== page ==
When I asked him about what he would like to do, he said “a lot of things… being able to do things with my hands… we can’t do anything here… we just lie down in our rooms and that’s it. They don’t understand that we’re still alive, we have faults but we can live, it’s not a death sentence…”
The rest of the first interviews with the patients were practically identical. Everyone was bored and tired of not being able to do anything. However, shortly after I began talking with each one of them every week, they became more active and started to spend a little more time with each other in the yard.
The director told me that it seemed odd to her that they spend time in the yard during the day, instead of being in their rooms. “Why do they go to the yard if there are not even chairs?” she said.
I contacted the congregation running the asylum and managed to obtain some secondhand tables and chairs that we put in the yard. I then had the idea of painting a checkerboard on each of their surfaces and giving each patient two sets of checkers to keep in his room so that they were not dependent on staff for access.
When I came back a week after setting up the tables, the staff who worked at the asylum were not so happy with the results.
The patients now spent most of the day in the yard, either playing checkers with each other or talking. Some of them had asked the director for chess pieces, a request that had not yet received an answer. The staff members explained to me that when the patients spent all day long in their rooms, staff worried less about them and could focus on the administrative duties of the asylum instead (cooking, cleaning, etc.). But now that the patients were spending time together, the staff had to watch them all the time, which made their work more difficult.
In response to this position of the staff, the director told me that they would leave the tables and chairs where they were for one more month, since maybe the patients were interested in them simply because they were something new, but she also told me to be less encouraging of interaction and to stop “causing trouble for the staff.”
After a month, the situation just got “worse.” The patients kept playing in the yard and talking with each other. The daily meals were not in silence anymore, but with the human noise of conversation. Some of them even told me their ideas about new changes they wanted to see in the asylum. Above everything, they wanted to do more things. They wanted to feel useful. They wanted to feel human.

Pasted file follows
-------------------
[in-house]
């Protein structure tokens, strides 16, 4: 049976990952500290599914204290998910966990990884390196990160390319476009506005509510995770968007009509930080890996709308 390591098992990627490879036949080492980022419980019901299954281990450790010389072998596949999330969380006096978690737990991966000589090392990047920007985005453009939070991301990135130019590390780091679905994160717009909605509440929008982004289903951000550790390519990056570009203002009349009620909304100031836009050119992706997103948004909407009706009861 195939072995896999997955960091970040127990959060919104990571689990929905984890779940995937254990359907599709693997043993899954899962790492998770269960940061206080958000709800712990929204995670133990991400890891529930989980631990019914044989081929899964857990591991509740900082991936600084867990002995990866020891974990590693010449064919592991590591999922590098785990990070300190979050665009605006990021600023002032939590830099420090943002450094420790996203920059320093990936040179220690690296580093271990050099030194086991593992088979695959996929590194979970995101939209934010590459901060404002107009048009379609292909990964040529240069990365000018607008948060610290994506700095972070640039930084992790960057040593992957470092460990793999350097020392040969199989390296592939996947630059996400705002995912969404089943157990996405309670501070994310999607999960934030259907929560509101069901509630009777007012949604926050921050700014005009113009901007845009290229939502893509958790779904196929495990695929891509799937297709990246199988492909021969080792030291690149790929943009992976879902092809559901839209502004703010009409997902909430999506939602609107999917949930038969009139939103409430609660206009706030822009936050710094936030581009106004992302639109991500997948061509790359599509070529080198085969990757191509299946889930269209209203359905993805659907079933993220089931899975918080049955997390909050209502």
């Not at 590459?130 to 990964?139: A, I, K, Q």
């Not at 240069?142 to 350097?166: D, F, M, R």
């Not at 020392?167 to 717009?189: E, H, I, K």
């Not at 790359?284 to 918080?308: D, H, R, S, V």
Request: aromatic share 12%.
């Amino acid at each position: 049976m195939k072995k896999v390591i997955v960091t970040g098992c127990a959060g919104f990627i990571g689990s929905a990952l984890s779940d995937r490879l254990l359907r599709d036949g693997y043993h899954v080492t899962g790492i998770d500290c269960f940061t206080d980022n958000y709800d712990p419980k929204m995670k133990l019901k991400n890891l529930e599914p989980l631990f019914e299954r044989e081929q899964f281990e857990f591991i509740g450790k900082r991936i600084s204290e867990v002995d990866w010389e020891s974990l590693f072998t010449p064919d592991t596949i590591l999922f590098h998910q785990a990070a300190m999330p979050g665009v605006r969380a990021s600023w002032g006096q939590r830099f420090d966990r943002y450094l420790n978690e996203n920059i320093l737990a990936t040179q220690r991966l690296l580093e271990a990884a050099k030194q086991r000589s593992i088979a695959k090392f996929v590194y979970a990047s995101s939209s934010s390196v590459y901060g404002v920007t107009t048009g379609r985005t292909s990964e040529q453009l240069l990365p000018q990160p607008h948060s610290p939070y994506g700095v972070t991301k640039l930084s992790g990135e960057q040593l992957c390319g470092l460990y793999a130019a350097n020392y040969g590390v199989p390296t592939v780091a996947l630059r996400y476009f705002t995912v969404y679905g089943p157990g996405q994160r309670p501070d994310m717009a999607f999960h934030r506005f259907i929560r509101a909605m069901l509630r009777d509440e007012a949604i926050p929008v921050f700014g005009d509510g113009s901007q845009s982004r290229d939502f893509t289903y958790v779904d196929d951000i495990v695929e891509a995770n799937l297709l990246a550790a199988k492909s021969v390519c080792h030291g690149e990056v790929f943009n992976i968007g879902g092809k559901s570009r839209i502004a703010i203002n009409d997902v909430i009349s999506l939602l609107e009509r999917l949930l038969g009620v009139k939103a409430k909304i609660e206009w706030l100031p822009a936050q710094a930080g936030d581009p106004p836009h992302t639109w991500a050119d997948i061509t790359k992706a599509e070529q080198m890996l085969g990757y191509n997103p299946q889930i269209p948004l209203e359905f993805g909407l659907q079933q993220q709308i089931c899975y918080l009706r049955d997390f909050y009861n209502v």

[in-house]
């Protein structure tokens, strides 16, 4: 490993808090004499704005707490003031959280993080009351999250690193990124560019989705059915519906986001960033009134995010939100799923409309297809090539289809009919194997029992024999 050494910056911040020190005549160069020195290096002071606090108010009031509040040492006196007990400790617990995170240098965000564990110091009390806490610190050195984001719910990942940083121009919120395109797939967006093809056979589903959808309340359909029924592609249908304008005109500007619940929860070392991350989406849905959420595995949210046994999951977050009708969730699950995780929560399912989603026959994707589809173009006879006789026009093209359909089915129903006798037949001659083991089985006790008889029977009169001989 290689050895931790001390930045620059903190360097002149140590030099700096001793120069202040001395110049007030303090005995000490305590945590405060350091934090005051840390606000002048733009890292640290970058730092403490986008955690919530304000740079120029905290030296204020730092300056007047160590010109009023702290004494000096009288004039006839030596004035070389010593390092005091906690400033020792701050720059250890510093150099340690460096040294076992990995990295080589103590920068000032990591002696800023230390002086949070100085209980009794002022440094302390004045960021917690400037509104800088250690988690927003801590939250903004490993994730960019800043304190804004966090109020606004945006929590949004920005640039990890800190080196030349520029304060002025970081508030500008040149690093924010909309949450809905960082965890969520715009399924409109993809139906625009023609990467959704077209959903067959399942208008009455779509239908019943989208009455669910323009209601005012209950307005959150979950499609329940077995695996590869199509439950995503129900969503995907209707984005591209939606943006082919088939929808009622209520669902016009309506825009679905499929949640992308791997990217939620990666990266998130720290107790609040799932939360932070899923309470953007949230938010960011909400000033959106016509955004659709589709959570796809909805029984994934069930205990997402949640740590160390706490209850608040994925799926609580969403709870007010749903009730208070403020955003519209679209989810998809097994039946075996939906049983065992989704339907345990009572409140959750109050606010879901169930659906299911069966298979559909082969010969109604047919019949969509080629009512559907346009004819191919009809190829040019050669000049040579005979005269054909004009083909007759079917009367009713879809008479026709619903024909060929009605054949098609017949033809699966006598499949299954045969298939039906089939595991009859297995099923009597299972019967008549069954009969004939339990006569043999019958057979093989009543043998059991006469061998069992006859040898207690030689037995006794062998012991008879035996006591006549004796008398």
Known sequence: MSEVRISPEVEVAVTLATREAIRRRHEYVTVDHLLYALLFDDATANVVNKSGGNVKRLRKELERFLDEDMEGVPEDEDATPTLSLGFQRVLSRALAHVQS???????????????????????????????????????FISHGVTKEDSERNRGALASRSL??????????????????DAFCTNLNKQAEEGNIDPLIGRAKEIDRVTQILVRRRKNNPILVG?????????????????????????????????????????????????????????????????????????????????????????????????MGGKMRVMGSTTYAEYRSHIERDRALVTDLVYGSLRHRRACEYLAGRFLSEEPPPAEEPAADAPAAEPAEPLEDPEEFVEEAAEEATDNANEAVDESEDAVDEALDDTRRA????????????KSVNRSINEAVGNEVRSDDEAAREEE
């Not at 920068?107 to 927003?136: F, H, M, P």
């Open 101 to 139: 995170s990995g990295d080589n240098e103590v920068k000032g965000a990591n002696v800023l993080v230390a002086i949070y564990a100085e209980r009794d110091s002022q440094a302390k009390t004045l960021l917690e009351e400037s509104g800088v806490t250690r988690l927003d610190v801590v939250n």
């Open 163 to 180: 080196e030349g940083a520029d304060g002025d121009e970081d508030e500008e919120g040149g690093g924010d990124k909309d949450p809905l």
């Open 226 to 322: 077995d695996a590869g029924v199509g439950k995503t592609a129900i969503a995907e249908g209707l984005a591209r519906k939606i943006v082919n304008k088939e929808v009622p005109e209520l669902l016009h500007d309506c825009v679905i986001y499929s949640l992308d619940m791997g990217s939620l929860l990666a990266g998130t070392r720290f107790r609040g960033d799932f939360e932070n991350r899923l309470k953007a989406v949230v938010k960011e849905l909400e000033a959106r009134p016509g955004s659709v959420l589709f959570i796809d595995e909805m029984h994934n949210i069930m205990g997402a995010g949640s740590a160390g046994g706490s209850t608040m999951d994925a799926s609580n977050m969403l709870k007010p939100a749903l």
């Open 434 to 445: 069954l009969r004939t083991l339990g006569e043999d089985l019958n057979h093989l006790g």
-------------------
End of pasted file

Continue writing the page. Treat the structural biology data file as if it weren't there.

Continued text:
The staff, however, did not know what other things the patients could do in the asylum without causing more work for them. Finally, after an exhausting meeting between myself and the fulltime staff, they agreed to give the patients a dusting cloth so they could help clean their rooms. You cannot imagine the smiles that this simple right brought to the faces of the patients.
The few relatives who visited the patients were aware of the changes, mostly because of the fact that their relatives now talked with them more easily and pleasantly. It was not like the conversations they could have with other people, but to them the change was significant. The frequency of these family visits increased, and we managed to have them bring movies for the patients to watch.
The lesson I learned from all of this is that the most basic elements of how we treat the people that society had deemed ‘mad’ — particularly in a treatment center that will house most of the patients for the rest of their lives — is fundamental to their recovery. This may seem obvious to you but, as you can see, in this account there is not a single psychological technique applied, just a little common sense, empathy, and compassion, and yet the intervention resulted in dramatic change in the lives of the individuals.
I would have loved to immediately start applying the treatments of the school where I was trained, meeting the problems of psychosis and facing them with the tools I learned at university. Yes, I would have loved to, because I love my profession. But first I had to just listen to them, trying to grasp their subjective position even amidst these peculiar circumstances.
Unfortunately, this story does not have a happy ending. After maintaining the new setup for a couple of months, the director told me that the asylum could not go on like that. Due to the increased activity of the patients such as interacting in the yard, going to visit each other in the rooms, the presence of relatives, etc. it was necessary to have more staff members on active duty at any given time. She said that there were simply not funds to expand staffing and so they had to make the patients spend more time in their rooms, set a schedule for use of the yard, and limit the frequency of the relatives’ visits to the weekend.
In an institution supposedly dedicated to the care and treatment of human beings, basic human needs for socialization and activity were not allowed.
It is not clear who is mad, the patients or our society.